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A colleague is travelling in Chile at present, and on a bus trip from San Pedro de Atacama to Arica, the bus driver insisted on collecting and holding on to all their passports for the duration of the trip.

There were no border crossings during this time, and the reasons behind this collection was not explained. Can anyone shed some light on this behaviour? I've certainly experienced it before on border crossing trips, but not within a country...

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    I can only imagine because he is afraid for people stealing stuff and then running away somewhere.
    – Bernhard
    Oct 26, 2013 at 10:02
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    I believe this practice is not even legal at least in some countries despite it being common enough. Oct 26, 2013 at 16:00
  • In many countries, hotels collect passports, even though you are obviously not crossing a border while at the hotel. Don't know if it's related to the situation with buses though.
    – user102008
    Oct 28, 2013 at 23:41
  • Could just be an easy way to do a headcount after stops and ensure that new people don't randomly get on?
    – SpaceDog
    Nov 5, 2013 at 6:28

2 Answers 2

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I just talked to my friend, who used to live in Chile. He (a Bangladeshi citizen) traveled a lot in this very route.

According to him, this is a very unusual case. He never faced something like that.

Even crossing border (for Peru, or Argentina), sometimes there's no need to show passport. Also, no visa required.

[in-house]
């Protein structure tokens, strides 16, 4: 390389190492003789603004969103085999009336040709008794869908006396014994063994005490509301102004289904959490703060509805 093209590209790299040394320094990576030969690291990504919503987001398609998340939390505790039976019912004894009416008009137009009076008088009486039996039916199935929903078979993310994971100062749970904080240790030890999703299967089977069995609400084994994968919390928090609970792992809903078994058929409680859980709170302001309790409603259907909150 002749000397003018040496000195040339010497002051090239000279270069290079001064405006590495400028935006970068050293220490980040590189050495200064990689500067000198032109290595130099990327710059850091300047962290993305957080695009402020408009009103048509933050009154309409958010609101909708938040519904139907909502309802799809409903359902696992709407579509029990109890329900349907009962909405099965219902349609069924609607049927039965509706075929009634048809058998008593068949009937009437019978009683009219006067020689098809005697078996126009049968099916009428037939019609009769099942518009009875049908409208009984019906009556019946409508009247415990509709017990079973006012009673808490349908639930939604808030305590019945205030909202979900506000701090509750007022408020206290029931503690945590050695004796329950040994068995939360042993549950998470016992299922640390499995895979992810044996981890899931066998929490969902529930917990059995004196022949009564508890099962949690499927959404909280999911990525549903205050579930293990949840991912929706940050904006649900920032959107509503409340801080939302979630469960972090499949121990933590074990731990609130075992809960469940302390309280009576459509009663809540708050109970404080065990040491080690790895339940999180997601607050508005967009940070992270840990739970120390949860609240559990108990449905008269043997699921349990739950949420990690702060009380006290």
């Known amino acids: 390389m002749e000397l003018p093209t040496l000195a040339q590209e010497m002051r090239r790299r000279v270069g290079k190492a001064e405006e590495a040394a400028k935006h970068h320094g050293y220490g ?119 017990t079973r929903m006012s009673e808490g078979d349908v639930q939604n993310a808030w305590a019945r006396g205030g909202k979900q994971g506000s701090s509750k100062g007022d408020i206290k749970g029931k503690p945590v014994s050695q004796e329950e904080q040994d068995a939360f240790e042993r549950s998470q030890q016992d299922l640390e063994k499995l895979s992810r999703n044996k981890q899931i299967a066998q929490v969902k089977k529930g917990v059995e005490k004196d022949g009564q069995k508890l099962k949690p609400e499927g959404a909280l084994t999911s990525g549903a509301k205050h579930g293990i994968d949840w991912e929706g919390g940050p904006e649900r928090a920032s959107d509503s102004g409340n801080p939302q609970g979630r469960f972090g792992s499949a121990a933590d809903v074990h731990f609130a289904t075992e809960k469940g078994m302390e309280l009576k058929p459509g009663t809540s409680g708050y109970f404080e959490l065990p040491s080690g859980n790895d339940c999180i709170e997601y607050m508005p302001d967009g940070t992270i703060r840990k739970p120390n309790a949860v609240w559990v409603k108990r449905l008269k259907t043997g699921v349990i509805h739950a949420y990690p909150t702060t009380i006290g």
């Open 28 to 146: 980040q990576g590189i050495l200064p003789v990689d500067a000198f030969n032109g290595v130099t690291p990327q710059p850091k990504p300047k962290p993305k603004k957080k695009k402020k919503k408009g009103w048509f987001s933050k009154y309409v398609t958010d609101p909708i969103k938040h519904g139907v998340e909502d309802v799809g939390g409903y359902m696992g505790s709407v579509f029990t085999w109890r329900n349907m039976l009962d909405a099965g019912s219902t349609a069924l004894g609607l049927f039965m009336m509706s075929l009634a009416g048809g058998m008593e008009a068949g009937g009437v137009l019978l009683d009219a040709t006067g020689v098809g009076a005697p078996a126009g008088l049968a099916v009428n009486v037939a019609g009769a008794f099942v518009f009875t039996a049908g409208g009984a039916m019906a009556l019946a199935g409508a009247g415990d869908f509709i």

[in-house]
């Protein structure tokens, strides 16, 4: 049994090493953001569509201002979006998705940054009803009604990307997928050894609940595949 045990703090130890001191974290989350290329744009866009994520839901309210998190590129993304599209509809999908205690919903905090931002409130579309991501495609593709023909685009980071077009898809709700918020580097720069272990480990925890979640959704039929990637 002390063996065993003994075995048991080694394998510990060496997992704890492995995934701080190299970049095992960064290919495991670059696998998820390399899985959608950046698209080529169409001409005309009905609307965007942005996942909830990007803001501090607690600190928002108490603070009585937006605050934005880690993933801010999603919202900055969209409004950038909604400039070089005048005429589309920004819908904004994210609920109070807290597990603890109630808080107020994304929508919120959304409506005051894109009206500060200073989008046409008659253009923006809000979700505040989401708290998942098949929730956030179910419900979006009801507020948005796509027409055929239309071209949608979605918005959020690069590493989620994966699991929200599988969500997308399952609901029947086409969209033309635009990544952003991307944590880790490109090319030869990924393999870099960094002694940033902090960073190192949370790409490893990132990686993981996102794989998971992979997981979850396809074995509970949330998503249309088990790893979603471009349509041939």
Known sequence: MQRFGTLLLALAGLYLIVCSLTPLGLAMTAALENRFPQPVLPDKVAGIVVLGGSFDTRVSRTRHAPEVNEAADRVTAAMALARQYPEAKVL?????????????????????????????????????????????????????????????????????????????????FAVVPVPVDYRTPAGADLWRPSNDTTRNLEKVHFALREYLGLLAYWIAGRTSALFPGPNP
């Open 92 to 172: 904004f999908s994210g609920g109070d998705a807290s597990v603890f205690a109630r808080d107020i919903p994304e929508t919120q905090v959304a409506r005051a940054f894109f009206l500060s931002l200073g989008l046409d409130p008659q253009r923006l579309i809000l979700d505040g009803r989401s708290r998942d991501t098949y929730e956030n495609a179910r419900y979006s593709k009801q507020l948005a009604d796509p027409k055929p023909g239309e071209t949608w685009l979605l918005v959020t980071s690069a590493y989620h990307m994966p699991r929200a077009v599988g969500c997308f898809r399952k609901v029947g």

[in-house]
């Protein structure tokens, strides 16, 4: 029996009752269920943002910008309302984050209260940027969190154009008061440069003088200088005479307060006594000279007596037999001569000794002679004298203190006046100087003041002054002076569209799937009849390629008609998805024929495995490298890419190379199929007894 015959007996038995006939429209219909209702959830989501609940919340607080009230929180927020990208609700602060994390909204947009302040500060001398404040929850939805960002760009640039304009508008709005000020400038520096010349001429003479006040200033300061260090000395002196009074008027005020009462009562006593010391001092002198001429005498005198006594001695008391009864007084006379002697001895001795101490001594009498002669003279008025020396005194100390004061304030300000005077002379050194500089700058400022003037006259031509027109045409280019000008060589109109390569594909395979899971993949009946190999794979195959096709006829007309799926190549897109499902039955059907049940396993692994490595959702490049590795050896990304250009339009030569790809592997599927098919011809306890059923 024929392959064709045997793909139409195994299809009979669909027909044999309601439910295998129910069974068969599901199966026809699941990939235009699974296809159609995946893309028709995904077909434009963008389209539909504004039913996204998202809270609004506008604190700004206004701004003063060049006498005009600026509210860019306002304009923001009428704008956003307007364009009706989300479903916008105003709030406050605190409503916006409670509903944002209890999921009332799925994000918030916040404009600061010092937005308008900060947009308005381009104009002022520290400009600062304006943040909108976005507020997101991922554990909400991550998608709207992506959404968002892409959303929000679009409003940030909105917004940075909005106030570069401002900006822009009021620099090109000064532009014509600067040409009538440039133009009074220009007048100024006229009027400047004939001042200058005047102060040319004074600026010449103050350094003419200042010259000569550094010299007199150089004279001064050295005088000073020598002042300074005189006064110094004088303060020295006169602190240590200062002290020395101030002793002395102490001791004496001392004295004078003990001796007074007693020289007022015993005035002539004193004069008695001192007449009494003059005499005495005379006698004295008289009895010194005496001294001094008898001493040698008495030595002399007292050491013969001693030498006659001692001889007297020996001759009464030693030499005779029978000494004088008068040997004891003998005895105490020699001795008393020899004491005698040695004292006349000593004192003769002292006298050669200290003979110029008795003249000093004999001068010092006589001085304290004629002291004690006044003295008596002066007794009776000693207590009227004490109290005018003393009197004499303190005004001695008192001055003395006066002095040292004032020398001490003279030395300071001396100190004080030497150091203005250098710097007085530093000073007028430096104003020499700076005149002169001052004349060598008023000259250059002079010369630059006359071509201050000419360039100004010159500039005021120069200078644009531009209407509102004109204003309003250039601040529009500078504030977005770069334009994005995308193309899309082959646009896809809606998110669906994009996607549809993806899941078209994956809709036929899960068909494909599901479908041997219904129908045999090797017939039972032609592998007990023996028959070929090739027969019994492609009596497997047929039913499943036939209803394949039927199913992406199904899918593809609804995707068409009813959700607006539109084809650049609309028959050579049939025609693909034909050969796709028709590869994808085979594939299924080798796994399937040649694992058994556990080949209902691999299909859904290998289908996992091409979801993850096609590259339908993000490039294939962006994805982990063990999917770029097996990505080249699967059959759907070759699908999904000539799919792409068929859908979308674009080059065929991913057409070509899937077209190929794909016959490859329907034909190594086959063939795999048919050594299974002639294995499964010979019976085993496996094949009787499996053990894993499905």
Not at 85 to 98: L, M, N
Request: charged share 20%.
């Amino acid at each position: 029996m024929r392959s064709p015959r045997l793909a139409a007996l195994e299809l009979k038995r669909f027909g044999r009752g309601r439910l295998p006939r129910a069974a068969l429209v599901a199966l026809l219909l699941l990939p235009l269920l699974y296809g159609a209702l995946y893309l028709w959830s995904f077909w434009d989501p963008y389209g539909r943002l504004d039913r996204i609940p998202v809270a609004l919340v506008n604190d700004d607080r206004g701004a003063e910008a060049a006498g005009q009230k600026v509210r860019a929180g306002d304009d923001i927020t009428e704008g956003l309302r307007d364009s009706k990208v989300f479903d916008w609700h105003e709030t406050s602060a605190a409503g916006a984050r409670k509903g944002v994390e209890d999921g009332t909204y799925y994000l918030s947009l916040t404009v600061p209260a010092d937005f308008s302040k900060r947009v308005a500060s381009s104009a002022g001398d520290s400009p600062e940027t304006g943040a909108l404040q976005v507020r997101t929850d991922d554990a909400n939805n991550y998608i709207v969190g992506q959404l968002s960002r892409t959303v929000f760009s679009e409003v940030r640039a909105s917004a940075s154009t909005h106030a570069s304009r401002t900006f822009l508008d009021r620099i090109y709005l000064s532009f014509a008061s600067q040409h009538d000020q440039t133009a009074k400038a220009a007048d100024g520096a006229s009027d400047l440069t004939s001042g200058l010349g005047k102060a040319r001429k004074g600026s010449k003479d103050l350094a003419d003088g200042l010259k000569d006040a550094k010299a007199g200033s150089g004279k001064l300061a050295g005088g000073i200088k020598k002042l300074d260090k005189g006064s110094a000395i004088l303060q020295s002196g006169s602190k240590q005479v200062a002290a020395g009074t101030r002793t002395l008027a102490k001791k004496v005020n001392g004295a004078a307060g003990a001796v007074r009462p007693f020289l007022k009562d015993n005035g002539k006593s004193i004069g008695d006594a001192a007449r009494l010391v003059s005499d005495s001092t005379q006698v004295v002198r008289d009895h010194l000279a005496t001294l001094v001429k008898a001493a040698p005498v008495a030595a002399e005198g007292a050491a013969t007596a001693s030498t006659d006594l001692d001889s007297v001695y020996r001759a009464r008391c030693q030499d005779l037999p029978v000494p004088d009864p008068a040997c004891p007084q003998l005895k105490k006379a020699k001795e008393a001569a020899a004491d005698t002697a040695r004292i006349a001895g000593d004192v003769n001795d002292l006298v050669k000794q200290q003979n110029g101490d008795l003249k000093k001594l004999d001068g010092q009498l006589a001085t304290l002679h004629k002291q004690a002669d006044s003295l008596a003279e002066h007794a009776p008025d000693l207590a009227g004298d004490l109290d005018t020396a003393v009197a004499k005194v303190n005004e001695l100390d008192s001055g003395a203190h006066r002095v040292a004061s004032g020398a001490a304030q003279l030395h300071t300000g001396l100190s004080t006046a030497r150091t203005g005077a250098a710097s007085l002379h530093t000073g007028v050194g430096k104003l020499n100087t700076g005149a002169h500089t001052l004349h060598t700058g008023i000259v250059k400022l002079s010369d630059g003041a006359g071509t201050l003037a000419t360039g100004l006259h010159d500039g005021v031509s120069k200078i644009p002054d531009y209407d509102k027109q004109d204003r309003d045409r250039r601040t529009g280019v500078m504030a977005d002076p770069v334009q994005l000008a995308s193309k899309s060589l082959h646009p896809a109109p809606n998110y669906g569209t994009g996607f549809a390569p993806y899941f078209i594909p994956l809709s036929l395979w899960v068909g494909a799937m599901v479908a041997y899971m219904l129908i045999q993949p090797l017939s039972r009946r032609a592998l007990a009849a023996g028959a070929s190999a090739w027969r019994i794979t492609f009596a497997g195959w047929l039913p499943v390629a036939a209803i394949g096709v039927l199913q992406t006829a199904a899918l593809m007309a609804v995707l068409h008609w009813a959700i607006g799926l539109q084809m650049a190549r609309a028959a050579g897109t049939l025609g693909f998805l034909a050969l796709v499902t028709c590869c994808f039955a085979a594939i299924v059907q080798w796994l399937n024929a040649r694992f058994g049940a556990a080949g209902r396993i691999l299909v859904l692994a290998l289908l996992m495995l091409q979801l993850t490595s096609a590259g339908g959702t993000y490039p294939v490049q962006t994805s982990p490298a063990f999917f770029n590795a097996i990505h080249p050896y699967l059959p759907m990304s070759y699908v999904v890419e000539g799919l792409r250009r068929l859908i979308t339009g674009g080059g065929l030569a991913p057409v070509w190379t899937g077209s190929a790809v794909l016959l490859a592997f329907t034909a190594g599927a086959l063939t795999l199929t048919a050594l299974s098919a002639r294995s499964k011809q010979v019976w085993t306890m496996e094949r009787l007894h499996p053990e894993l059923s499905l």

I guess the driver had "something" on his mind ... ;)

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  • what do you mean by 'something'?
    – Mark Mayo
    Mar 23, 2014 at 7:27
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    I'd get off the bus before giving a bus driver my passport. Apr 3, 2014 at 14:43
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    Agreed - I'd get off the bus before giving driver a passport. Even at border crossings, I'd never give it to him. Why should we? We don't know him, and he could run off with it. My golden rule is always hand it in yourself. There's no law that says he has to have it.
    – user37457
    Nov 23, 2015 at 23:13
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I live in Chile and you are not legally forced to carry your passport anywhere if you stay in Chile.

You will need some form of identification though, in case the police wants to see your ID, and the only legal one for foreigners is the passport.

What the driver did is illegal.

The best advice is to always carry a photocopy of your passport and handle that if not the police is asking for your ID.

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  • Actually foreigners resident in MERCOSUR countries (basically 98% of South America) (not relevant to OPs case but still) can enter and exit any of the countries using their local foreigner ID Cards, so that is certainly enough on the street. I have a Dutch friend who lives in Brazil. and at the moment (due to renewal) she doesn't even have a passport, just a Dutch ID card and a Brazilian ID card for foreigners, which she uses when flying between Europe and South America.
    – Crazydre
    Jul 1, 2016 at 11:18
  • Also for the record, I was stopped by police in Santiago once and only had my Swedish ID Card with me (it has all the personal Information that a passport does). It did lead to a couple of questions (including me explaining that my passport was at my Hotel and that I hardly ever carry it with me unless on the way to a new place). After that it was fine
    – Crazydre
    Jul 1, 2016 at 11:19

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